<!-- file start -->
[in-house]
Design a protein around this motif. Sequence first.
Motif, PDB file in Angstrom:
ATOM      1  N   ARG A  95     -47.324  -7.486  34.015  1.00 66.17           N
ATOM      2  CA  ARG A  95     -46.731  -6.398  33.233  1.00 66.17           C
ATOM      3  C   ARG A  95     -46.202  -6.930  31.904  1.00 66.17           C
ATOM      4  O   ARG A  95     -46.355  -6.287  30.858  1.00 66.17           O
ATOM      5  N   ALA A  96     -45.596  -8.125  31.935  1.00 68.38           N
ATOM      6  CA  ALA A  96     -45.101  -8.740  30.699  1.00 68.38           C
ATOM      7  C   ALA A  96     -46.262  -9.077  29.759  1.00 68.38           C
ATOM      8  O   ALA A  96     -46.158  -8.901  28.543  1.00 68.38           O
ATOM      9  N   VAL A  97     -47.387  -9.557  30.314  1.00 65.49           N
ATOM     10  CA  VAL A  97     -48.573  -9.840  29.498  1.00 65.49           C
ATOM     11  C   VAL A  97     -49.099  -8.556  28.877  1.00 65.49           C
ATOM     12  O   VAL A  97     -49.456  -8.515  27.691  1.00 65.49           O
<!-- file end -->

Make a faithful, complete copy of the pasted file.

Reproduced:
[in-house]
Design a protein around this motif. Sequence first.
Motif, PDB file in Angstrom:
ATOM      1  N   ARG A  95     -47.324  -7.486  34.015  1.00 66.17           N
ATOM      2  CA  ARG A  95     -46.731  -6.398  33.233  1.00 66.17           C
ATOM      3  C   ARG A  95     -46.202  -6.930  31.904  1.00 66.17           C
ATOM      4  O   ARG A  95     -46.355  -6.287  30.858  1.00 66.17           O
ATOM      5  N   ALA A  96     -45.596  -8.125  31.935  1.00 68.38           N
ATOM      6  CA  ALA A  96     -45.101  -8.740  30.699  1.00 68.38           C
ATOM      7  C   ALA A  96     -46.262  -9.077  29.759  1.00 68.38           C
ATOM      8  O   ALA A  96     -46.158  -8.901  28.543  1.00 68.38           O
ATOM      9  N   VAL A  97     -47.387  -9.557  30.314  1.00 65.49           N
ATOM     10  CA  VAL A  97     -48.573  -9.840  29.498  1.00 65.49           C
ATOM     11  C   VAL A  97     -49.099  -8.556  28.877  1.00 65.49           C
ATOM     12  O   VAL A  97     -49.456  -8.515  27.691  1.00 65.49           O